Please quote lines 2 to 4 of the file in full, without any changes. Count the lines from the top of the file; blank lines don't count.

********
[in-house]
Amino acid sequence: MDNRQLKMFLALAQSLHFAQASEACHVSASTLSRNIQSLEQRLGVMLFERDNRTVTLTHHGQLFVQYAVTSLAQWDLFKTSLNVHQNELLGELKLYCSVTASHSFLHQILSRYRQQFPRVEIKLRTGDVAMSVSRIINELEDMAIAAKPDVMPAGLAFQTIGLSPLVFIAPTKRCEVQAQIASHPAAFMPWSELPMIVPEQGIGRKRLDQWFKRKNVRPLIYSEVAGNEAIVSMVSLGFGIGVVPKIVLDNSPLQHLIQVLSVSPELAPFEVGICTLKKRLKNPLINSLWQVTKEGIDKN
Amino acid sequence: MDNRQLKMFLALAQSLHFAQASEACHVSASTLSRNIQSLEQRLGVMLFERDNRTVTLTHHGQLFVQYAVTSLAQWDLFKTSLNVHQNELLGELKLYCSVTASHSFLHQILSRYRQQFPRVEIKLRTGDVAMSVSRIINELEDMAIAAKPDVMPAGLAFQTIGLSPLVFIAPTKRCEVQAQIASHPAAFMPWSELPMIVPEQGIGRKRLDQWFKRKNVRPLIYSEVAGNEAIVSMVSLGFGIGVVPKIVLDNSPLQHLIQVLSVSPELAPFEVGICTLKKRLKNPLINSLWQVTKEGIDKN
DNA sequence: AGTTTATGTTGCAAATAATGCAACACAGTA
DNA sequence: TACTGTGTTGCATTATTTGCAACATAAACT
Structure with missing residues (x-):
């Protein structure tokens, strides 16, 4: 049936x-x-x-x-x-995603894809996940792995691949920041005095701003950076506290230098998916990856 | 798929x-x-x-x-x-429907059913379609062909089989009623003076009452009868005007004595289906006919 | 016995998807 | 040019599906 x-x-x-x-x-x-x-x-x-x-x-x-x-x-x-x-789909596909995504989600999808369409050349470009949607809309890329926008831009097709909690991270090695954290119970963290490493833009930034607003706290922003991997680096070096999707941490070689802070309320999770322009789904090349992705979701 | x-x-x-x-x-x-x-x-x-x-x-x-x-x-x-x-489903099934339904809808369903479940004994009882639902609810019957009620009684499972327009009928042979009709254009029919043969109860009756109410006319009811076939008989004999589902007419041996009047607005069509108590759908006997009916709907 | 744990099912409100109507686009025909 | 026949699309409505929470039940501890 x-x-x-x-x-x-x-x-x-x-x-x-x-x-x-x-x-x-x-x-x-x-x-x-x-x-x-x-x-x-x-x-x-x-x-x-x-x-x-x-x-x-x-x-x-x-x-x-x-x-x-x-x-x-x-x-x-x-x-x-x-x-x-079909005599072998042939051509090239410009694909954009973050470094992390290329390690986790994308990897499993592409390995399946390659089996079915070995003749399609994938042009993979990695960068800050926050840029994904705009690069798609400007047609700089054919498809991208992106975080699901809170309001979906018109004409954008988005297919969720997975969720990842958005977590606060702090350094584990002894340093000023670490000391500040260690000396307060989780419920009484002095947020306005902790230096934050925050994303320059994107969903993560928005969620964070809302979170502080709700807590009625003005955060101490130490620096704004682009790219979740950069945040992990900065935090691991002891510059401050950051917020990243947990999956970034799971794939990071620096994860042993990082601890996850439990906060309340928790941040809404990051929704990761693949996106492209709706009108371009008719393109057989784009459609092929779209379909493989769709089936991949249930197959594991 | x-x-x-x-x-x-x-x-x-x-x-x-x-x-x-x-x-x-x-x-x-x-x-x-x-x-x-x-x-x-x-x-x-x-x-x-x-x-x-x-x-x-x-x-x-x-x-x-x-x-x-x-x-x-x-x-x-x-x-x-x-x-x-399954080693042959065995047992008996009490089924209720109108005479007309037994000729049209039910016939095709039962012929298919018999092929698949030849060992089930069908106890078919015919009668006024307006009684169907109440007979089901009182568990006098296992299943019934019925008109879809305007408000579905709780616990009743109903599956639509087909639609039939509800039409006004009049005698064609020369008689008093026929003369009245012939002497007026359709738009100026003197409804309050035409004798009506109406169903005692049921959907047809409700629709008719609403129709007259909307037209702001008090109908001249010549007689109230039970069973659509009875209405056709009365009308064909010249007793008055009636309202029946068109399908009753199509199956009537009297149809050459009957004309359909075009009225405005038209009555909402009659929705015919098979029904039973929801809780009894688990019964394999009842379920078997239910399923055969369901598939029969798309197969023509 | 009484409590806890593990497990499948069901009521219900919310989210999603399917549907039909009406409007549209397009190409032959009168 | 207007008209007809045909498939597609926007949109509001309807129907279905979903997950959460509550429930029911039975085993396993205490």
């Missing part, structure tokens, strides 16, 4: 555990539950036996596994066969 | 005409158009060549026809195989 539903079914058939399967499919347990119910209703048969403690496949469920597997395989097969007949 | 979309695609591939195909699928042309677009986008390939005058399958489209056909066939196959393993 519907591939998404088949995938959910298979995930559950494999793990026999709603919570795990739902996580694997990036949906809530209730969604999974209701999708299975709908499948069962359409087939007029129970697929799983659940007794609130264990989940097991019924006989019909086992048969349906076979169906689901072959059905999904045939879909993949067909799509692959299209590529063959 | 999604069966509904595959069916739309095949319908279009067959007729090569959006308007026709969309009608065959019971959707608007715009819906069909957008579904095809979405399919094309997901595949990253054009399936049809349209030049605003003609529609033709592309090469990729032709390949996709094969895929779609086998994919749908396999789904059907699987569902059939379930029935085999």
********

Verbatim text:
Amino acid sequence: MDNRQLKMFLALAQSLHFAQASEACHVSASTLSRNIQSLEQRLGVMLFERDNRTVTLTHHGQLFVQYAVTSLAQWDLFKTSLNVHQNELLGELKLYCSVTASHSFLHQILSRYRQQFPRVEIKLRTGDVAMSVSRIINELEDMAIAAKPDVMPAGLAFQTIGLSPLVFIAPTKRCEVQAQIASHPAAFMPWSELPMIVPEQGIGRKRLDQWFKRKNVRPLIYSEVAGNEAIVSMVSLGFGIGVVPKIVLDNSPLQHLIQVLSVSPELAPFEVGICTLKKRLKNPLINSLWQVTKEGIDKN
Amino acid sequence: MDNRQLKMFLALAQSLHFAQASEACHVSASTLSRNIQSLEQRLGVMLFERDNRTVTLTHHGQLFVQYAVTSLAQWDLFKTSLNVHQNELLGELKLYCSVTASHSFLHQILSRYRQQFPRVEIKLRTGDVAMSVSRIINELEDMAIAAKPDVMPAGLAFQTIGLSPLVFIAPTKRCEVQAQIASHPAAFMPWSELPMIVPEQGIGRKRLDQWFKRKNVRPLIYSEVAGNEAIVSMVSLGFGIGVVPKIVLDNSPLQHLIQVLSVSPELAPFEVGICTLKKRLKNPLINSLWQVTKEGIDKN
DNA sequence: AGTTTATGTTGCAAATAATGCAACACAGTA